CBO: Unemployment to Be ‘Largely Unchanged’ in 2012, 2013
(CNSNews.com) – The Congressional Budget Office (CBO) projects that the unemployment situation will remain “largely unchanged” in 2012 and again in 2013 as the economy struggles to recover from the record recession of 2007-2008.
“In CBO’s forecast, the unemployment rate in 2012 and 2013 remains largely unchanged from its value last year,” CBO said in its updated budget forecast Tuesday.
CBO reported that while jobs market conditions will improve slightly next year, the overall jobless situation will not improve much at all. CBO also reported that labor force participation – those who either have work or are actively looking for work – will decline by another one percent by 2017.
“[T]he rate of participation in the labor force will fall by about 1 percentage point by 2017,” the report said.
In fact, unemployment will not return to its pre-recession level of about five percent until 2022, CBO finds. CBO estimates that unemployment will remain about one percent higher than the pre-recession level of five percent, due partly to the inability of the long-term unemployed to find work. In other words, the recession will result in about a 0.5 percent permanent increase in the unemployment rate.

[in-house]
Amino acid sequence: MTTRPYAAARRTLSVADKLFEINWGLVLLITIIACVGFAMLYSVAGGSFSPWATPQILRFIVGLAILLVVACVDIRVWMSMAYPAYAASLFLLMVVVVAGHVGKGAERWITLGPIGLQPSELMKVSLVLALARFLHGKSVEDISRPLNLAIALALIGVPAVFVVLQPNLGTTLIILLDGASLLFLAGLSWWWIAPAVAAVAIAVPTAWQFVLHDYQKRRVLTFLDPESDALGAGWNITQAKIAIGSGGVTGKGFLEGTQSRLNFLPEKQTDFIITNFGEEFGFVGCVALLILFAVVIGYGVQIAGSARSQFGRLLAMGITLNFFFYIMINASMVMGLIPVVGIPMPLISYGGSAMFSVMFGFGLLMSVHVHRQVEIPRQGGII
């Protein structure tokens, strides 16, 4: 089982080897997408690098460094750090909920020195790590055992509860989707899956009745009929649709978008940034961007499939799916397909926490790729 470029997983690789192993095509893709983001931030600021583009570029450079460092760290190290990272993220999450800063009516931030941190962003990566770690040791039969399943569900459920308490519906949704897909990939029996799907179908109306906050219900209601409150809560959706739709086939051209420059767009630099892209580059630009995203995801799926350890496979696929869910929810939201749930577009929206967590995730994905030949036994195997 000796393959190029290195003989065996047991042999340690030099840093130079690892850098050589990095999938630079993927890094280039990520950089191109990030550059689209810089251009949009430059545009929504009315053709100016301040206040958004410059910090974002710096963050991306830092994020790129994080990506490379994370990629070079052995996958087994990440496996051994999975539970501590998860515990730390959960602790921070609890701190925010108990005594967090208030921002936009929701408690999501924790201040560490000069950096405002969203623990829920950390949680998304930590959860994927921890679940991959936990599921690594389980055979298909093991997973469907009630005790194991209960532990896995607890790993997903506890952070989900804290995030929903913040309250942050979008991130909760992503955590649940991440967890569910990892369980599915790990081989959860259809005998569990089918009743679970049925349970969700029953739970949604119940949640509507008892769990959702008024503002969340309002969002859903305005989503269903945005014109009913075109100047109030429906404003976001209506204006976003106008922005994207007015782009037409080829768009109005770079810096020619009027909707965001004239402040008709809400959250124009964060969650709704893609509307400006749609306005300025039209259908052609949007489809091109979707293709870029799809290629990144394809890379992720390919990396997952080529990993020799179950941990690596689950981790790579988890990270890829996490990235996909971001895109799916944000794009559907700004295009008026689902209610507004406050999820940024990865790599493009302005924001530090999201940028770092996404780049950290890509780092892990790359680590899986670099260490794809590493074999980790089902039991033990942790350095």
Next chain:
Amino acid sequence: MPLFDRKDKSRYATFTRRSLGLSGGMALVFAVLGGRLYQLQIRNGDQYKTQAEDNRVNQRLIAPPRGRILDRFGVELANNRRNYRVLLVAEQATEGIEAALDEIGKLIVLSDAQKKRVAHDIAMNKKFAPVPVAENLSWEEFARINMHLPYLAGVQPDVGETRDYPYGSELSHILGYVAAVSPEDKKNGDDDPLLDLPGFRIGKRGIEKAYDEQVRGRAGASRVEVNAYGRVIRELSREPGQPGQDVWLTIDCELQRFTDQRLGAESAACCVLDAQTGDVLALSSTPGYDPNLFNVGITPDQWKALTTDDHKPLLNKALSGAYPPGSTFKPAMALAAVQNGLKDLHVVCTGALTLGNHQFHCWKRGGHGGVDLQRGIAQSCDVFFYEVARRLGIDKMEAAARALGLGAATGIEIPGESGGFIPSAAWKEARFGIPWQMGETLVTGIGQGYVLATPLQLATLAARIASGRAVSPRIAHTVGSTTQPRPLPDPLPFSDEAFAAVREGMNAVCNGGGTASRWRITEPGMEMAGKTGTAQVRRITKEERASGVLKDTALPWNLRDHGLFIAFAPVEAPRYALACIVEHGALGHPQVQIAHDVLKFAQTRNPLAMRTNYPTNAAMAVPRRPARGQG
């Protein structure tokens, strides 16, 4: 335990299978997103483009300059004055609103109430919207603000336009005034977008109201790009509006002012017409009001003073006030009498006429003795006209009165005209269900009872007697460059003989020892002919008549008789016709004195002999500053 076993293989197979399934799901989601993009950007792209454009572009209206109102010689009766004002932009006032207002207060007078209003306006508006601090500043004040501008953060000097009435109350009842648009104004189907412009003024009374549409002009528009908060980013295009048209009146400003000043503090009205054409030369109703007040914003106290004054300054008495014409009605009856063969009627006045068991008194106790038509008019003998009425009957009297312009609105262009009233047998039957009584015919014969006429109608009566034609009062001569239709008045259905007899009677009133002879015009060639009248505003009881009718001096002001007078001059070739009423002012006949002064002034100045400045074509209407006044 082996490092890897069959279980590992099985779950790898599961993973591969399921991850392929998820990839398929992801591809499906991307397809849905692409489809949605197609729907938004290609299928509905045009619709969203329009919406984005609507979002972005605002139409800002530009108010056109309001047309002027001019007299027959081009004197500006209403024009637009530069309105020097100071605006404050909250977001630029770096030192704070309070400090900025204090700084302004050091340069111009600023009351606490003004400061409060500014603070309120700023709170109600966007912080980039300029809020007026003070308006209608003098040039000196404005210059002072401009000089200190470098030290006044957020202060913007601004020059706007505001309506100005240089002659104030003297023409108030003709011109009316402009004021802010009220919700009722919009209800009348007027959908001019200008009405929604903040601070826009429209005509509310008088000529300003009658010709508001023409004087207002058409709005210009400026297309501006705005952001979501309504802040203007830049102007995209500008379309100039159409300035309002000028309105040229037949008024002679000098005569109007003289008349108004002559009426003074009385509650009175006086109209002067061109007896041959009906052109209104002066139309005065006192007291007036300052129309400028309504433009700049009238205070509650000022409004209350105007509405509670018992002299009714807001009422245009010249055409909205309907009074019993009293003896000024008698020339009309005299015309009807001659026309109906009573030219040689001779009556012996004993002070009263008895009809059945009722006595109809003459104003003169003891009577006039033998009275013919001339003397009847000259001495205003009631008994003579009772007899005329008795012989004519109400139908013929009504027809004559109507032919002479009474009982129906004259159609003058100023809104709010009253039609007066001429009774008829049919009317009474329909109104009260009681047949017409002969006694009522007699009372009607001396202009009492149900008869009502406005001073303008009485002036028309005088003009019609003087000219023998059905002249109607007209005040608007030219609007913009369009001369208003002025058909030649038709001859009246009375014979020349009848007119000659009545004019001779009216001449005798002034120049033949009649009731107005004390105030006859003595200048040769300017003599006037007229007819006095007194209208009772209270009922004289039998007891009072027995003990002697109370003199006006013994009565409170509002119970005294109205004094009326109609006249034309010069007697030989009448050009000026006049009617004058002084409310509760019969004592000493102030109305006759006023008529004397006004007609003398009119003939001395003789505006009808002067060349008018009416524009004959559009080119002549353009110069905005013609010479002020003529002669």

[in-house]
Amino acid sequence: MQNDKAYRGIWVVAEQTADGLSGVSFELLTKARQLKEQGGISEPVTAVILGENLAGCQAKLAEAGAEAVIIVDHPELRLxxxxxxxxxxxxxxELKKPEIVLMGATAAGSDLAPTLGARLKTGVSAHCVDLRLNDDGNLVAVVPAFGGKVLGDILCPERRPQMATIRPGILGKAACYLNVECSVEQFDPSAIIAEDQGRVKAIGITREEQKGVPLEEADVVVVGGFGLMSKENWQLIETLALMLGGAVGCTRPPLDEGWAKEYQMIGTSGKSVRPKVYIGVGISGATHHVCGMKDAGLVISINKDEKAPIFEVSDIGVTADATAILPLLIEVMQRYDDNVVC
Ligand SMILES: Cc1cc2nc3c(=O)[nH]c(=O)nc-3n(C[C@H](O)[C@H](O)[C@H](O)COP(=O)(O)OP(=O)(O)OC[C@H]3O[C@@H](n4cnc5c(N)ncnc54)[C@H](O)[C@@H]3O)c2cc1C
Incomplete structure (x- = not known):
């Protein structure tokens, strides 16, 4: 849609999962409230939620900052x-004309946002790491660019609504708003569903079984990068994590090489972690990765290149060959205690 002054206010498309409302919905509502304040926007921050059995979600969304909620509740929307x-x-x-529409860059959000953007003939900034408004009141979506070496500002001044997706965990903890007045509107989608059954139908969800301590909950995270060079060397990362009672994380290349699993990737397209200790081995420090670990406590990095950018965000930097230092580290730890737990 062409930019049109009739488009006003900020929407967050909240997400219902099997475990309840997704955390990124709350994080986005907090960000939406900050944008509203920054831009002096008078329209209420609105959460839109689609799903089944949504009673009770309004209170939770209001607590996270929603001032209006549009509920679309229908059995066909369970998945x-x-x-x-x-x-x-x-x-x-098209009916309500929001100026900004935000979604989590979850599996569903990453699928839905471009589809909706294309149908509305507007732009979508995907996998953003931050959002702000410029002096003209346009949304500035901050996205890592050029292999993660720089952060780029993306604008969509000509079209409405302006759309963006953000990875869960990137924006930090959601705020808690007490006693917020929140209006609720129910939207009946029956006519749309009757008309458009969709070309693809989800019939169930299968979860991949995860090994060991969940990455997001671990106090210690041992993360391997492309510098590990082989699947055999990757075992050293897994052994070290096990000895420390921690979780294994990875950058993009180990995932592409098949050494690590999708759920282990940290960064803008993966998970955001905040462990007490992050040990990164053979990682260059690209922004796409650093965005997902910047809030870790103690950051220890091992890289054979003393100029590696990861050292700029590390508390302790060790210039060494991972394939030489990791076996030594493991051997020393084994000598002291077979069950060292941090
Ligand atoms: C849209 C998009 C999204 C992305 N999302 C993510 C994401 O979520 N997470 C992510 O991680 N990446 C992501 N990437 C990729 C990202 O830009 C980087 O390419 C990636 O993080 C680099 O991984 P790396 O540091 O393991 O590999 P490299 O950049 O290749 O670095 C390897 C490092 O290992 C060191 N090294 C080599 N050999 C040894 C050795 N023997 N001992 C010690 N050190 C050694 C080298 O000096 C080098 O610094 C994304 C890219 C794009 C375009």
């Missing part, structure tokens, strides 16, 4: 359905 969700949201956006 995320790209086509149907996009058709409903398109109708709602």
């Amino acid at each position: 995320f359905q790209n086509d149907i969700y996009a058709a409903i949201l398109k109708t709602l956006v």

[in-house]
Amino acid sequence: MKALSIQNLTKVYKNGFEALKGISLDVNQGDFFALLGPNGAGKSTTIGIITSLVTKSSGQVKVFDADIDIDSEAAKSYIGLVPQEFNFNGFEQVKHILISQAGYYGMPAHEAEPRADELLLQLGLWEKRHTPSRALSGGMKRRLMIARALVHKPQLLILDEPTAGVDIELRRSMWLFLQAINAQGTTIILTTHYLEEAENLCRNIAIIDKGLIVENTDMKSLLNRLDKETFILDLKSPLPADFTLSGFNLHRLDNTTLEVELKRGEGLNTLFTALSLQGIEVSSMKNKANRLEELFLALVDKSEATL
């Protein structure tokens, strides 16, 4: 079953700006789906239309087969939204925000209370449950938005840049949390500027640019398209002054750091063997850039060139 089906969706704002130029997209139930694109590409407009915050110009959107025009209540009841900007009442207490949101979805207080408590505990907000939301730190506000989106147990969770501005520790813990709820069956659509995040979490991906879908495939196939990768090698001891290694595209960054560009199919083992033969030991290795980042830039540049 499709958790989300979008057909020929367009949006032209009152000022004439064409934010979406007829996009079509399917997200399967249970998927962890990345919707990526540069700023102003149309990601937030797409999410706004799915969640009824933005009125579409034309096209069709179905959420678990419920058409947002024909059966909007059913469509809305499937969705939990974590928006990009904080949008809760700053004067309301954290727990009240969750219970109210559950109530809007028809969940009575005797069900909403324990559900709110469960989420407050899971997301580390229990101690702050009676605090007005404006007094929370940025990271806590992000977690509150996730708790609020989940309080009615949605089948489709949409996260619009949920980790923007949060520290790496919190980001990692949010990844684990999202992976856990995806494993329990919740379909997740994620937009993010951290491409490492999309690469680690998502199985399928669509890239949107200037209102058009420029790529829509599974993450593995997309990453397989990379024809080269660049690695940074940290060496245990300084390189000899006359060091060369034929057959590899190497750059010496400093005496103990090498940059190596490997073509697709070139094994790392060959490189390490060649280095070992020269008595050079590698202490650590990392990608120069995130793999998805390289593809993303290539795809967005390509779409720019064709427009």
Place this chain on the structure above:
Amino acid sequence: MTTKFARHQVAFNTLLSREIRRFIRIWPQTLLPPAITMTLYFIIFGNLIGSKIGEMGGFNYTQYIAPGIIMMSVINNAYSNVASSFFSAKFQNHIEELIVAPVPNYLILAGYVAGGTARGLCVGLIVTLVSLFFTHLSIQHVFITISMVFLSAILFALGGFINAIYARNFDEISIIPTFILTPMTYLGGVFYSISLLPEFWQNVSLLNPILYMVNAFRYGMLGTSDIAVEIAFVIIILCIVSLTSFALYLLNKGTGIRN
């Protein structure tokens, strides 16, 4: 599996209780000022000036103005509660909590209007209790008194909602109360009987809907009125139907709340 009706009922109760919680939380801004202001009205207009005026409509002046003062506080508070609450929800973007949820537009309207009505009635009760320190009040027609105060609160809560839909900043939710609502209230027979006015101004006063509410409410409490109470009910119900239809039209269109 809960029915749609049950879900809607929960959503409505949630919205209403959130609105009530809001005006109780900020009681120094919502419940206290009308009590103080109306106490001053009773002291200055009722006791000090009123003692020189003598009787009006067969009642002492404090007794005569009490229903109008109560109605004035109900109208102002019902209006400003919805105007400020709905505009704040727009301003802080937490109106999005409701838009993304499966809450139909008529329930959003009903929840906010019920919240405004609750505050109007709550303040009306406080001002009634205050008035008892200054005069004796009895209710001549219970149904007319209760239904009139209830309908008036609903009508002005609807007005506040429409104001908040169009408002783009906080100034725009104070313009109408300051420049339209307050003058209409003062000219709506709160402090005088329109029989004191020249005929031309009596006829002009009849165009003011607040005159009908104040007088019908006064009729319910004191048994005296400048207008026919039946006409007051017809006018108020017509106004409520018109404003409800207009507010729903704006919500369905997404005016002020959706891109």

CBO also said that the labor force itself will shrink permanently due to the recession. This means that because of the persistently high unemployment caused by the recession, millions of people will permanently give up looking for work.
“The rate of participation in the labor force fell from 66 percent in 2007 to an average of 64 percent in the second half of 2011,” CBO said. “By CBO’s estimates, the rate of labor force participation will fall to slightly above 63 percent by 2017.”
CBO said that had millions of people not given up looking for work entirely, “the unemployment rate in the fourth quarter of 2011 would have been about 1.25 percentage points higher than the actual rate of 8.7 percent.”
In other words, the unemployment rate would have been almost 10 percent – 9.95 percent exactly – had so many people not been driven from the workforce by the lack of jobs.